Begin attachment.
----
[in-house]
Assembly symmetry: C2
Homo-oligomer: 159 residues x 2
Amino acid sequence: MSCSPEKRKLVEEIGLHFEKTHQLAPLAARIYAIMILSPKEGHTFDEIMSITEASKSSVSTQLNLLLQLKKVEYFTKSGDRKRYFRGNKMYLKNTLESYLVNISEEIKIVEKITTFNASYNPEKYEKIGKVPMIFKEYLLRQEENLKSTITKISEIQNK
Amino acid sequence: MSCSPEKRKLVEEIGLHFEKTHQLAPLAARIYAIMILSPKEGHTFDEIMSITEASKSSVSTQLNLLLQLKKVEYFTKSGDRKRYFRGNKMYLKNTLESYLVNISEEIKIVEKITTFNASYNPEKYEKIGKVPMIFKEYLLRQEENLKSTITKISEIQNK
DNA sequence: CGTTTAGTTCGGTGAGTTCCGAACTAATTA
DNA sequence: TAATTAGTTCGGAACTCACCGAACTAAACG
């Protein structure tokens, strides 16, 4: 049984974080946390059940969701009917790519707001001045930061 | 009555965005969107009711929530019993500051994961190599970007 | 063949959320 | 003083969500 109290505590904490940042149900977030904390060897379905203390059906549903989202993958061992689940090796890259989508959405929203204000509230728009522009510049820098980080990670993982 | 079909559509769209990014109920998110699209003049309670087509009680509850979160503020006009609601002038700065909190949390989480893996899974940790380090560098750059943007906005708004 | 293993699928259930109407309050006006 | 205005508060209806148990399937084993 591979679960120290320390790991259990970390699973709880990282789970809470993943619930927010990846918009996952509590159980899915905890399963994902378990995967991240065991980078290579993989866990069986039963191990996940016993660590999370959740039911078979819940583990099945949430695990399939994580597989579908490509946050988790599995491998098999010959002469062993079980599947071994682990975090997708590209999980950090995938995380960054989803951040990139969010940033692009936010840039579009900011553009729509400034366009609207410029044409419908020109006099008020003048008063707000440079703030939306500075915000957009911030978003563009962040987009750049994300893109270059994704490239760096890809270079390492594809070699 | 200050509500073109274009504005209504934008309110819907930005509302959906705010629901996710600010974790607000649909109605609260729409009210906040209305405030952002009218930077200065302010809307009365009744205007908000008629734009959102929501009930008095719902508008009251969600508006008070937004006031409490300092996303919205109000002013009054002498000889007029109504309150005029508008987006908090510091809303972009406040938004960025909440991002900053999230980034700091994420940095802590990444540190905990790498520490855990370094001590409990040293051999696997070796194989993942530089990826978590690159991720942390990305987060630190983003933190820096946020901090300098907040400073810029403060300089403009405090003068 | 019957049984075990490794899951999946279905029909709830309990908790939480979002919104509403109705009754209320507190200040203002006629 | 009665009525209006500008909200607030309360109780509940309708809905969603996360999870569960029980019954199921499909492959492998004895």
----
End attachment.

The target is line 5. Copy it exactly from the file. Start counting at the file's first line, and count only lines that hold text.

Amino acid sequence: MSCSPEKRKLVEEIGLHFEKTHQLAPLAARIYAIMILSPKEGHTFDEIMSITEASKSSVSTQLNLLLQLKKVEYFTKSGDRKRYFRGNKMYLKNTLESYLVNISEEIKIVEKITTFNASYNPEKYEKIGKVPMIFKEYLLRQEENLKSTITKISEIQNK